Tried and true tips for travelers

Veteran travelers are the best sources of travel information and tips, and I’ve been collecting them for awhile from family, friends, magazines and strangers in the next seat. So I offer here what I’ve learned over the years, with thanks to all of the above, and hope it makes your travels a little easier.
Problem: You can’t remember where you left your car in long-term parking.
Solution: Take a photo of the parking lot section markers with your digital camera when you park your car and refer to it when you return.
Problem: It takes multiple plastic boxes to get you and your possessions through the airline security conveyor belt and check point. You’re afraid you’ll forget something.
Solution: Regardless of the number of items you have, stash smaller items like your watch, jewelry, wallet and keys inside your shoes, and put your shoes in the last box. You won’t leave the security checkpoint without your shoes.
Problem: You worry about losing your laptop.
Solution: A big ol’ piece of duct tape stuck on the back side of the computer, as well as the computer bag, with an identifying name and/or your email address will remind you to grab it from the conveyor belt and discourage others from doing so.
Problem: You must travel with an infant that you’ll probably have to hold throughout a flight.
Solution: Reserve a bulkhead seat. Many airlines can install a little “bulkhead bunk” that allows your baby to sit or sleep, even when you’re eating — assuming your flight has a meal. Either way, you’ll still be able to use the tray. (If you children are older, you might want to avoid bulkhead seats. The arms on the chairs don’t go down, making it impossible for your child to lay in your lap.)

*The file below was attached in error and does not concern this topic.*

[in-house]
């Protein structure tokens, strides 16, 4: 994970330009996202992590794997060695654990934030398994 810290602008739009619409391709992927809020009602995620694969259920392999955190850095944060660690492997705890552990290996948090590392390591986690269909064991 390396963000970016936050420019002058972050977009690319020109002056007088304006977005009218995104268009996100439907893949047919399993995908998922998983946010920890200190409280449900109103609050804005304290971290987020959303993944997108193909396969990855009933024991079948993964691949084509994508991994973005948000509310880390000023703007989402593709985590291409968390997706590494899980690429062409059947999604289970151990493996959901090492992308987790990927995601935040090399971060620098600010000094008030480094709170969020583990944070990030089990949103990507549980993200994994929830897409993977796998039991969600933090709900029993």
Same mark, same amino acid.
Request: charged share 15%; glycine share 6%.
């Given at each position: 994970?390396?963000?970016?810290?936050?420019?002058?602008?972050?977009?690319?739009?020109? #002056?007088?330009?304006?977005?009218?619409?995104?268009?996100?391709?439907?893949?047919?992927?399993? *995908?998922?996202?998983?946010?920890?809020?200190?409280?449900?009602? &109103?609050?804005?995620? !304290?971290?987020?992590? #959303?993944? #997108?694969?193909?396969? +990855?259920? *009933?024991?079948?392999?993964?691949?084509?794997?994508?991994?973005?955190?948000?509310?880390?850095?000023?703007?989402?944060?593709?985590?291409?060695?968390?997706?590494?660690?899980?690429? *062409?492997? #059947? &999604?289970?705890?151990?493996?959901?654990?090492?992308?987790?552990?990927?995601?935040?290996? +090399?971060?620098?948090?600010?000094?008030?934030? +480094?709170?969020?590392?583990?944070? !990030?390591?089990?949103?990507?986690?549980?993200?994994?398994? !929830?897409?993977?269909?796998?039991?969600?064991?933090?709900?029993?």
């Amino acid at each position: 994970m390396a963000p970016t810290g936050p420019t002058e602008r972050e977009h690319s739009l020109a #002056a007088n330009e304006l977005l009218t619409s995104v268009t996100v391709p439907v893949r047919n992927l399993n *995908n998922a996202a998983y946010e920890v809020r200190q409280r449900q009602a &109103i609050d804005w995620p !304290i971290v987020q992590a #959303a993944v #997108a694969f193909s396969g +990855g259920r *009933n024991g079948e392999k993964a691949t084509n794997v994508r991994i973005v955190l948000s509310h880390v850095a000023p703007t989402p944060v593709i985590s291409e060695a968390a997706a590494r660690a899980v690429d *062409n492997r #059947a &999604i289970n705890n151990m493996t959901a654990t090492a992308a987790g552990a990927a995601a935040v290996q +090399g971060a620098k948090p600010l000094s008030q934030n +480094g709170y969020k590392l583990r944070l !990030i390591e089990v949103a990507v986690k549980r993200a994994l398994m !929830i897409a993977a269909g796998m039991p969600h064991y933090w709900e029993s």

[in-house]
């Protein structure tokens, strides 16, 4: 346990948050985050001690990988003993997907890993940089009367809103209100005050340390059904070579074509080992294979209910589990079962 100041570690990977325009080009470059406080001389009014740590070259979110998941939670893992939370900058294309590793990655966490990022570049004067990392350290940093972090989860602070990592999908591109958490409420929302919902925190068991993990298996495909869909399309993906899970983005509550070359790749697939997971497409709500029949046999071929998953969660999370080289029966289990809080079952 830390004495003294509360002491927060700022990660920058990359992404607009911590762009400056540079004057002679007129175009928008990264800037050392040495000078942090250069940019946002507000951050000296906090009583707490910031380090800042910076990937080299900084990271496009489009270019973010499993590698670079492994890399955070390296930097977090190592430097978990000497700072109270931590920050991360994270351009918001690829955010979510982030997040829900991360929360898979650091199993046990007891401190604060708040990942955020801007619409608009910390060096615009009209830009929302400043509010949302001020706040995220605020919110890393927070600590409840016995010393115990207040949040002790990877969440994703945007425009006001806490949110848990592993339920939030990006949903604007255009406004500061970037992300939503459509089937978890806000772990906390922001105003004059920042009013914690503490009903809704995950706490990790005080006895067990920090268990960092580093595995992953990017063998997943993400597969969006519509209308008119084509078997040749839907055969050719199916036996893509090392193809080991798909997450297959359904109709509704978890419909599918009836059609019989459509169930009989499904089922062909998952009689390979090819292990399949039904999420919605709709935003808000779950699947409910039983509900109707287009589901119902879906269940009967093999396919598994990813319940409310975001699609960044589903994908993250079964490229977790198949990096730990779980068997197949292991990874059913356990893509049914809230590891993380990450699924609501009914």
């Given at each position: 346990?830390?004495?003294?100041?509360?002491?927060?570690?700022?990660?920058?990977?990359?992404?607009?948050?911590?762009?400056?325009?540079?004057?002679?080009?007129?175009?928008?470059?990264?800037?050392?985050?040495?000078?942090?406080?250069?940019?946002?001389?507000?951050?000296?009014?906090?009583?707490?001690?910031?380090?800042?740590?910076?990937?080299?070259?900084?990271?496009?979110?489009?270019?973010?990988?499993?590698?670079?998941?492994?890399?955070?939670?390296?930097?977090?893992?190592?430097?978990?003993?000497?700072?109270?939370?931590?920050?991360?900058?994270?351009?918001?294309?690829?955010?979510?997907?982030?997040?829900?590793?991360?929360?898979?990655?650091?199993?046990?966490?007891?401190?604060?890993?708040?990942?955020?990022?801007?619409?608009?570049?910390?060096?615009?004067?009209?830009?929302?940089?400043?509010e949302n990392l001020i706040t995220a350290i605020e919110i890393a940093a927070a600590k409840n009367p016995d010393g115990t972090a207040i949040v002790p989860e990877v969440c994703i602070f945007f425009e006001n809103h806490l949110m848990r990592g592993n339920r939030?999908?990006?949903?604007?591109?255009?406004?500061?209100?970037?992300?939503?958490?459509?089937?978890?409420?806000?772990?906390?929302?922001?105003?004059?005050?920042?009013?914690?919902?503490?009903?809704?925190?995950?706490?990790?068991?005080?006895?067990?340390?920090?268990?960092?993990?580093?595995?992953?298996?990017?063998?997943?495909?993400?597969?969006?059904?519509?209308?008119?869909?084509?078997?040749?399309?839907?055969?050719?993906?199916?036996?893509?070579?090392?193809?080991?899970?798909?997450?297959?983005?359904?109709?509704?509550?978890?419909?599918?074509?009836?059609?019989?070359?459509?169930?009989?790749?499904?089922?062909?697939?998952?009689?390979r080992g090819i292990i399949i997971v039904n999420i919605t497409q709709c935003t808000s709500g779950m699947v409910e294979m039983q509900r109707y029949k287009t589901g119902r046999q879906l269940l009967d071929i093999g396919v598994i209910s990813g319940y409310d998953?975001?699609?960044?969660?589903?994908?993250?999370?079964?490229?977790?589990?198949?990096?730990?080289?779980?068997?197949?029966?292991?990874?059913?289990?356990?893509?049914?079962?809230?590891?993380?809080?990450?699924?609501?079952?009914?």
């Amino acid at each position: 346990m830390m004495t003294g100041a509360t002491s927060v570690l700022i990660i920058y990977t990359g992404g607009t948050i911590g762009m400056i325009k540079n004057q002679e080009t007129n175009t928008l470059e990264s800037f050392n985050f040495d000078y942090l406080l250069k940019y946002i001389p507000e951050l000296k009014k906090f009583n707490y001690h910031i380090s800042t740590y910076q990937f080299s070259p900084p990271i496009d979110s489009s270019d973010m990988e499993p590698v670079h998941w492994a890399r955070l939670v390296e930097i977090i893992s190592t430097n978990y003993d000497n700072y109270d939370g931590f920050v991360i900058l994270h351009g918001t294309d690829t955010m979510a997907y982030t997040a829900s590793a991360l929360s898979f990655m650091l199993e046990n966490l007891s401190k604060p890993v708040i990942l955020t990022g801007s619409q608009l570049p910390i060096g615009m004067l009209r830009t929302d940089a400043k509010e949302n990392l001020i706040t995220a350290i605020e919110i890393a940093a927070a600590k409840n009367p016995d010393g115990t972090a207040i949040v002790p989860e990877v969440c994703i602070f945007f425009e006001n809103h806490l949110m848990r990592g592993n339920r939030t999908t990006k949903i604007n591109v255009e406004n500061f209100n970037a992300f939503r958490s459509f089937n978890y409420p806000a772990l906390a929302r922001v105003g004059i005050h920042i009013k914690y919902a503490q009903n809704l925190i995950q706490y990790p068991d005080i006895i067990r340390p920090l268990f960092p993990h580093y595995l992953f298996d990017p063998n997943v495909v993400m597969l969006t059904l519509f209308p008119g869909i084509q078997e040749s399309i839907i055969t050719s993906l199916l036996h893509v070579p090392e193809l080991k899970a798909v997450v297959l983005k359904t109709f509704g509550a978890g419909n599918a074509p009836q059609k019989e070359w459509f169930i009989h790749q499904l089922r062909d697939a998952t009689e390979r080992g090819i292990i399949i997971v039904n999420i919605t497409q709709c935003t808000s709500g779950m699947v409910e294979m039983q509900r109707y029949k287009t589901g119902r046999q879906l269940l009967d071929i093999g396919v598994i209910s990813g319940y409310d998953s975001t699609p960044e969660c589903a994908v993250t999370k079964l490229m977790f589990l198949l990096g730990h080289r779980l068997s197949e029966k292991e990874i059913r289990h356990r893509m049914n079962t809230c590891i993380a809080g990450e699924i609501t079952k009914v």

Problem: You want to pack snacks, toys and activities so your kids won’t get hungry and will stay occupied.
Solution: Two words: Ziploc bags. Load ‘em up and slide ‘em into each child’s backpack. These miraculous inventions (how did we ever travel without them?) keep snacks, small toys, crayons etc. together and easily accessible. Don’t forget the wet wipes.
Problem: You want to help your children remember their vacations and learn something, too.
Solution: Buy picture postcards as you go and have the kids write notes to themselves about what they did that day or their favorite sight or activity. Mail the cards along the way, and when you arrive home, there will be a fistful of mail and memories awaiting. (P.S. Don’t forget the 28-cent stamps. Hunting for post offices is a time-waster.)
Problem: You hate to toss all those oh-so-beautiful admission tickets to museums, castles and other historic attractions.
Solution: Laminate these tiny works of art and use as bookmarks or gifts.
Problem: You have wrinkled clothes and no travel iron.
Solution: A hair dryer or a flat iron (for hair) held to the wrinkles will do very nice job of de-wrinkling.
Problem: You’re afraid of losing the ID tag on your luggage.
Solution: As a backup, place identification information on the inside of your luggage. Use an 8 ?-by-11-inch piece of paper in a plastic sleeve. Include your name, cell phone number and/or e-mail address, and the same information of a family member or friend, but don’t include your address or any other information.
Problem: You have nightmares about losing your passport.
Solution: For $12 a year, you can scan your passport and store it at Passport Support (www.passportsupport.com). If you can prove your identity (keep your driver’s license separate from your passport), you can get a new passport from a U.S. embassy on the same day.
Now, sit back, relax and enjoy your trip!

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